--Wants to fix it with a hardfork
--Wants to fix it with a new coin
I think the reason for your observation is pretty obvious
That does not explain why He still won't adopt Segwit (the network upgrade that recently took place) on his sites coinbase.com and Gdax, which allows for 4MB blocks and cheaper transactions for his customers, in a backwards-compatible way (a Soft fork). Instead pushes for a second fork, a "hard fork", which would require every user in the ecosystem to switch to a new software (who's author is pushing an ICO coin sale of his own!). A fork which every single bitcoin developer (except the ICO-guy who hasn't contributed in 2 years) strongly opposes.
Yes, not surprising that he blogs about Ether and owns more Ether and profits when people trade their Bitcoin into Ether on his sites. Same with the other big "2x" pusher who runs "Shapeshift" a site that turns your bitcoin into other coins and takes a cut%. These guys don't want to help bitcoin, they want to make money off the cryptocurrency space.
Let's say, I invested in the original Bitcoin. Then somebody who has the marketing resources to build enough interest in a new coin comes along and decides to fork. Because of the hype around the new coin type, enough people are willing to trade it after the fork.
I'm being given the same number of coins of the forked kind and the value of my original coins drops by the difference in value compared to the new coins (or around that).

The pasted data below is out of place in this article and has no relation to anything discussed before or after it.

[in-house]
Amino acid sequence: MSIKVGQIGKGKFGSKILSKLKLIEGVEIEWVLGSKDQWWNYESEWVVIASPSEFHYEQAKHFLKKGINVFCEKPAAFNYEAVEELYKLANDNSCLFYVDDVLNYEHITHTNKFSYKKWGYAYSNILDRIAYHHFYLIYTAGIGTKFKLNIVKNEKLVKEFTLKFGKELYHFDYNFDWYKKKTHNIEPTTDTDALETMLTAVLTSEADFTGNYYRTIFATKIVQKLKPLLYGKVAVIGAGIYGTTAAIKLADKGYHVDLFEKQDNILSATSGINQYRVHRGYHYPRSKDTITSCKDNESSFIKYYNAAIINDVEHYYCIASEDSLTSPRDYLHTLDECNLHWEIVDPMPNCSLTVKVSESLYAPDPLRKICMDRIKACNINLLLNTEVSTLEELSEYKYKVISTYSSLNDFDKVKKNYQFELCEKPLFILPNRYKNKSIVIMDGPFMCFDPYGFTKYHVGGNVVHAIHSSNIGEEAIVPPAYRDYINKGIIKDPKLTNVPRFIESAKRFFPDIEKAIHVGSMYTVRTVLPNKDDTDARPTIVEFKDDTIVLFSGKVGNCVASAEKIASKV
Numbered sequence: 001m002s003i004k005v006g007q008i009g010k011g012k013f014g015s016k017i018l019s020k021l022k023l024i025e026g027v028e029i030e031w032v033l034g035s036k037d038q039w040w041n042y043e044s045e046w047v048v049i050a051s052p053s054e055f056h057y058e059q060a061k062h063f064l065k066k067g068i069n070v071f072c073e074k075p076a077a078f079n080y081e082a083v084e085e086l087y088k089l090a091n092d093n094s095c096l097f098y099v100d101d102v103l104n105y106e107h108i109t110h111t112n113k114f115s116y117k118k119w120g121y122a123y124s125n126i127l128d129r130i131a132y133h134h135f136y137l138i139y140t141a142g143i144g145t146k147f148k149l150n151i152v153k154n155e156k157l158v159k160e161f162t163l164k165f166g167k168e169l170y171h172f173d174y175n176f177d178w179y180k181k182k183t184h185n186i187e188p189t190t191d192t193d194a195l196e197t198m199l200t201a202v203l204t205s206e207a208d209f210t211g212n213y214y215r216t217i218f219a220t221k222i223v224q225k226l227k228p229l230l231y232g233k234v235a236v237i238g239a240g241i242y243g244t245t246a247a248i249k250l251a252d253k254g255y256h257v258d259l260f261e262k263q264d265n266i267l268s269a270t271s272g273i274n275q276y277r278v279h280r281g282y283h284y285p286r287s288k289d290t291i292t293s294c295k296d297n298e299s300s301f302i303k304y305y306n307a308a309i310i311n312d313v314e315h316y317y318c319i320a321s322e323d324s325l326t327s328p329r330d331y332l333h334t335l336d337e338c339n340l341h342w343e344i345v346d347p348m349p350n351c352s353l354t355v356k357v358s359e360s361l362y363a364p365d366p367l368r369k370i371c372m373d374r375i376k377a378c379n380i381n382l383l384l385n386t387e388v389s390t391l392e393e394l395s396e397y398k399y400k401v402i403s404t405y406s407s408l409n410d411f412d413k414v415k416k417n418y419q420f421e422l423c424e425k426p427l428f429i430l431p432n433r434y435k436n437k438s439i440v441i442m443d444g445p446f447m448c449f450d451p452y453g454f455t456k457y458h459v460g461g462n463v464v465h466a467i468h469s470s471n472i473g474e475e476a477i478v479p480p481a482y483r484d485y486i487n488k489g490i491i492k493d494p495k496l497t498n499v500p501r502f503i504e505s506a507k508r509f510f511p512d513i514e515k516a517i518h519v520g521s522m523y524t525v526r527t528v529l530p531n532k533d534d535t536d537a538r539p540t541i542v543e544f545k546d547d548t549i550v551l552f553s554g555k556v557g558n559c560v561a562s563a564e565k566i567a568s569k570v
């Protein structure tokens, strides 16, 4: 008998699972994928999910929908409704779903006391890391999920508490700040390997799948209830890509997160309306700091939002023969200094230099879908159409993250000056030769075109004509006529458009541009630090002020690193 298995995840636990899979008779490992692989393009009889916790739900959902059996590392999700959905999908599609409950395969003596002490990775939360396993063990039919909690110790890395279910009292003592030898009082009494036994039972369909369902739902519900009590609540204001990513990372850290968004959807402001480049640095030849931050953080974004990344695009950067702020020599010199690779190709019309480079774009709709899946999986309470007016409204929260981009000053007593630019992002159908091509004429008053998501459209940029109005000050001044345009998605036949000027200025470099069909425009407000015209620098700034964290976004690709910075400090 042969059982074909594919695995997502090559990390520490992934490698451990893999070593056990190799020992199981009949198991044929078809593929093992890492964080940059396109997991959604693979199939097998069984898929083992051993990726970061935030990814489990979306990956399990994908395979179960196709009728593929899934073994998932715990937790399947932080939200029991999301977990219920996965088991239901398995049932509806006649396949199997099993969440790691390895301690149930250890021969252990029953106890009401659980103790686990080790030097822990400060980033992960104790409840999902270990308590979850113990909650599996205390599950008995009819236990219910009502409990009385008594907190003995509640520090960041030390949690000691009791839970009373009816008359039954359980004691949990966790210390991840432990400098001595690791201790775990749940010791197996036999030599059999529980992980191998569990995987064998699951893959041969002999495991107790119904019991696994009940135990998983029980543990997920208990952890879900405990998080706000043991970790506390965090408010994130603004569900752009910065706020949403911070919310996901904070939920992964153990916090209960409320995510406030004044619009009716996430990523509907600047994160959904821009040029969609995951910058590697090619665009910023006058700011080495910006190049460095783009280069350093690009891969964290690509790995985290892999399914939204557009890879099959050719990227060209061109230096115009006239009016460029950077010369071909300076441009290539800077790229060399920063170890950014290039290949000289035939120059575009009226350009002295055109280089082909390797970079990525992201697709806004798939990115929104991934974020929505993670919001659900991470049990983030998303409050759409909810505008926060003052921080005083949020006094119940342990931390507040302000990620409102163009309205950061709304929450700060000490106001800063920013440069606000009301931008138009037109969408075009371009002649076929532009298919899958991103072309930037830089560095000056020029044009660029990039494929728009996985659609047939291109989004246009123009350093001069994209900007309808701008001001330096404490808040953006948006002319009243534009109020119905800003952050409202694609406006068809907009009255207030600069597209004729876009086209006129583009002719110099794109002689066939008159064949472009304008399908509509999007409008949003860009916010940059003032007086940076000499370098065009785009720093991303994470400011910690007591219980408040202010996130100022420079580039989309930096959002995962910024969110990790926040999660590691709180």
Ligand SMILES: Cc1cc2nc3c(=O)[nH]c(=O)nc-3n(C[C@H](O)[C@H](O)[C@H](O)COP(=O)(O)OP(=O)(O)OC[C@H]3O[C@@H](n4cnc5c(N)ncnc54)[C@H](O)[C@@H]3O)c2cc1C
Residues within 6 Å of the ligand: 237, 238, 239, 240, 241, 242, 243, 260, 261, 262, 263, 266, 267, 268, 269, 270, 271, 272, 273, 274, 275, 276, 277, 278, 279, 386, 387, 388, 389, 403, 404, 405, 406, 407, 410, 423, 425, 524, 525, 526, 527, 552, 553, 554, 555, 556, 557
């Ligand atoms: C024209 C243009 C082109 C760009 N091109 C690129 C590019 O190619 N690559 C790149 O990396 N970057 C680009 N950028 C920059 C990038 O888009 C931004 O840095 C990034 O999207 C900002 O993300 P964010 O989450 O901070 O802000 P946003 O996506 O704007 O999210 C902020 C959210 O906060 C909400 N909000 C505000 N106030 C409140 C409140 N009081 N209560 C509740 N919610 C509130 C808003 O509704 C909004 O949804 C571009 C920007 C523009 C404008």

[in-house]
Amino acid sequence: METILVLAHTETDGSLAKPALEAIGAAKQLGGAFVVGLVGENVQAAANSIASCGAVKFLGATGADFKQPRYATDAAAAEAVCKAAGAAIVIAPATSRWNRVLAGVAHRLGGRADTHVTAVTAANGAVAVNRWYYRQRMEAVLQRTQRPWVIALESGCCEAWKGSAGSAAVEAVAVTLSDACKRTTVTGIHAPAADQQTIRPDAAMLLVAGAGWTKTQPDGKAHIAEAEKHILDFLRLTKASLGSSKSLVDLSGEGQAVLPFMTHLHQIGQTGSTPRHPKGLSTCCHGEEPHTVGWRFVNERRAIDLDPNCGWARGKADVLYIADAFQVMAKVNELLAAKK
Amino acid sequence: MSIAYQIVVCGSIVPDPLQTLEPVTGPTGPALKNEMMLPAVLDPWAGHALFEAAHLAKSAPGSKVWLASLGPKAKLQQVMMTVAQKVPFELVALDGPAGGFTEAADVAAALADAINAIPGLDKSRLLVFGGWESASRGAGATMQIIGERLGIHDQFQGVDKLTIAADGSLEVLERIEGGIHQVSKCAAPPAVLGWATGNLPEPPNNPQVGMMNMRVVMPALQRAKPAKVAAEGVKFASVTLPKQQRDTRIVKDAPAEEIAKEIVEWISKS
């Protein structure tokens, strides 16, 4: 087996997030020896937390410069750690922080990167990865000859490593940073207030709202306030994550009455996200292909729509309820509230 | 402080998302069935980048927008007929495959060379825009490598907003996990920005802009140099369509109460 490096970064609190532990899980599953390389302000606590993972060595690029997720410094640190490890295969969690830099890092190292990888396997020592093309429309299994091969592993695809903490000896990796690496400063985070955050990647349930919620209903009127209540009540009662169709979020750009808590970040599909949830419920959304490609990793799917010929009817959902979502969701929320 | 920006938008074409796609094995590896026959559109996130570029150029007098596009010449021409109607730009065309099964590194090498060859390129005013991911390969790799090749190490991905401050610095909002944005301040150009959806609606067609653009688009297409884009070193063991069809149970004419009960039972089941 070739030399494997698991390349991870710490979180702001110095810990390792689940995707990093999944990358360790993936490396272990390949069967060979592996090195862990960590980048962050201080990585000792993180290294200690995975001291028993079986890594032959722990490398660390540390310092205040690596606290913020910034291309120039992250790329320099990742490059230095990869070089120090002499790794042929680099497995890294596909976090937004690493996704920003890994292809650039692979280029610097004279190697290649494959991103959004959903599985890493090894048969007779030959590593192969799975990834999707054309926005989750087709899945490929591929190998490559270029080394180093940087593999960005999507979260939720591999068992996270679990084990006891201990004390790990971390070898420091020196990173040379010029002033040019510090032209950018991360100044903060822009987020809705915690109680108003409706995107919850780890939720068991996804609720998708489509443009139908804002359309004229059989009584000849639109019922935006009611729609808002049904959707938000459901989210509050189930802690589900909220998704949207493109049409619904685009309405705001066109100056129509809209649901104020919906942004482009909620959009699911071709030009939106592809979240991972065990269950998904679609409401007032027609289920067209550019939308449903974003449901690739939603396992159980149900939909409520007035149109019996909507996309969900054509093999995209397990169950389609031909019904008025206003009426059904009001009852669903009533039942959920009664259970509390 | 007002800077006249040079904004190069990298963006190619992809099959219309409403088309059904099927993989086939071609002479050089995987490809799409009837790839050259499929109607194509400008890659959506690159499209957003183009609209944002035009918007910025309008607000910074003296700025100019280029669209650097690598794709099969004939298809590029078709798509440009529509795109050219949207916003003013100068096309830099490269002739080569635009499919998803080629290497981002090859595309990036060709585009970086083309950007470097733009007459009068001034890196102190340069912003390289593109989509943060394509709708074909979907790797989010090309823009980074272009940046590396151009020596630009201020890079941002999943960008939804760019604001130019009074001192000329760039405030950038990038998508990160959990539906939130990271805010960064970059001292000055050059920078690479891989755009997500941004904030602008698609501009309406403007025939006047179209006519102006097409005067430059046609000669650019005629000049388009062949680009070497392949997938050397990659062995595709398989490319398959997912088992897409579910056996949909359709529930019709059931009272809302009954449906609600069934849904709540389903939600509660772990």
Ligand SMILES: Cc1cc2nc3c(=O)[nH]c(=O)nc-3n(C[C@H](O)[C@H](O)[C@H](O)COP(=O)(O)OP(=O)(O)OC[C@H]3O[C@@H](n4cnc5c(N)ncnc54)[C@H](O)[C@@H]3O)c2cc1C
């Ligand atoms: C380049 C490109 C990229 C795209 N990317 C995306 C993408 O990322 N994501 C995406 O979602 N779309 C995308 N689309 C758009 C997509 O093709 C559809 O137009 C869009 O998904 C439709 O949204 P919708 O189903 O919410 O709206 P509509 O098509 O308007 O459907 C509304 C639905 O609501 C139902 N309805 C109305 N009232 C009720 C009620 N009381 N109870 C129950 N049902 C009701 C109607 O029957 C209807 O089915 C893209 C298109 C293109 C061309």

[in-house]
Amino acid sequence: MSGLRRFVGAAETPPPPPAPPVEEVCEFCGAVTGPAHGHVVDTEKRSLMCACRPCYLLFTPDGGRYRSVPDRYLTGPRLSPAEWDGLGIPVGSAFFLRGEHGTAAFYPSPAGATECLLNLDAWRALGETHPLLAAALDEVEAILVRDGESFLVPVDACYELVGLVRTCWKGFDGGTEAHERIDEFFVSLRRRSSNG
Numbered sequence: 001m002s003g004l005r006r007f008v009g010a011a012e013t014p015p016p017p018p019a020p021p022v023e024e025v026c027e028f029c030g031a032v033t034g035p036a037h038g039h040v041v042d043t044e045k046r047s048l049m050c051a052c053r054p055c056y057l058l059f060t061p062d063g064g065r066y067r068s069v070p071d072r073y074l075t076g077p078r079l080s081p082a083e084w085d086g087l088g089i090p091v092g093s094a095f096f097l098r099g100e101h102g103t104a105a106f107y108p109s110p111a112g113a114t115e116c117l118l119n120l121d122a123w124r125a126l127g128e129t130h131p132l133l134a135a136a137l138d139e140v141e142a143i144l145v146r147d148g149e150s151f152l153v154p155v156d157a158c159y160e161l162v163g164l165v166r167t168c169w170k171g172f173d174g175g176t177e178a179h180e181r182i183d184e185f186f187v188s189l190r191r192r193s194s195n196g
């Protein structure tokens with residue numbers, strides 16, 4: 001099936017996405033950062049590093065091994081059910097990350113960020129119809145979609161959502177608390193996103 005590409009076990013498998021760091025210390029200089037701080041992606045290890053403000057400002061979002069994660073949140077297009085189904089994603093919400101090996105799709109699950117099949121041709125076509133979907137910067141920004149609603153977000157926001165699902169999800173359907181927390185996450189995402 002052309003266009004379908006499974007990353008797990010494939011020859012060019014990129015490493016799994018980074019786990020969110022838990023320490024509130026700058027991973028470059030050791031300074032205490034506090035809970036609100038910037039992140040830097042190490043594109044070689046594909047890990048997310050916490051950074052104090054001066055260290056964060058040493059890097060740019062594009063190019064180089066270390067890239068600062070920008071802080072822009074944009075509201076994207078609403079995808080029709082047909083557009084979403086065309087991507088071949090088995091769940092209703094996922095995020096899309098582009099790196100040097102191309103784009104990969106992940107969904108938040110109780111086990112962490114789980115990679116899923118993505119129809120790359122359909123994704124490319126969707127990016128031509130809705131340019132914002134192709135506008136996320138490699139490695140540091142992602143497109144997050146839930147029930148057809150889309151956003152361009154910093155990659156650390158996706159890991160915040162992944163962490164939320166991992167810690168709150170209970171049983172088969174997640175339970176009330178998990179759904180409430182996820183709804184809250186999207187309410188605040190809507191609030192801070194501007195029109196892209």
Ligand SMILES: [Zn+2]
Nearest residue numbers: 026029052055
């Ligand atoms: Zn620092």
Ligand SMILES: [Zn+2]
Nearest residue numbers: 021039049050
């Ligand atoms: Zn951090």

If I'd rather only invest in the original Bitcoin, I'd have to sell the forked coins immediately and buy the original Bitcoin back just to keep my investment value the same.
If anybody can come along and fork:
That sounds like in the world of stocks, a competitor could come along and decide to split the stocks of MY company from the outside, driving down the price of my stocks (me as the company's owner or investor) and there's nothing I can do about it.
That's not really a good analogy. Suppose someone decided to offer one of their securities (or pay a dividend, or give some 'thing') to everyone who has one of your company's shares. All investors have to do is show a share certificate, and get a one-off gift proportional to how many they own.
If the new thing has value, your company's shares should all go up in value by roughly its value. Then shares which have already had the thing claimed, should go down by the same amount, leaving them roughly where they were before. If you decide not to claim the thing, you lose out by its value, but your original shares are still the same and you shouldn't have made a loss on them, just as a result of this split.
Of course, if the new thing is something which competes with your company, your company's shares might go down in response. But this isn't directly related to the value of a share in the new thing.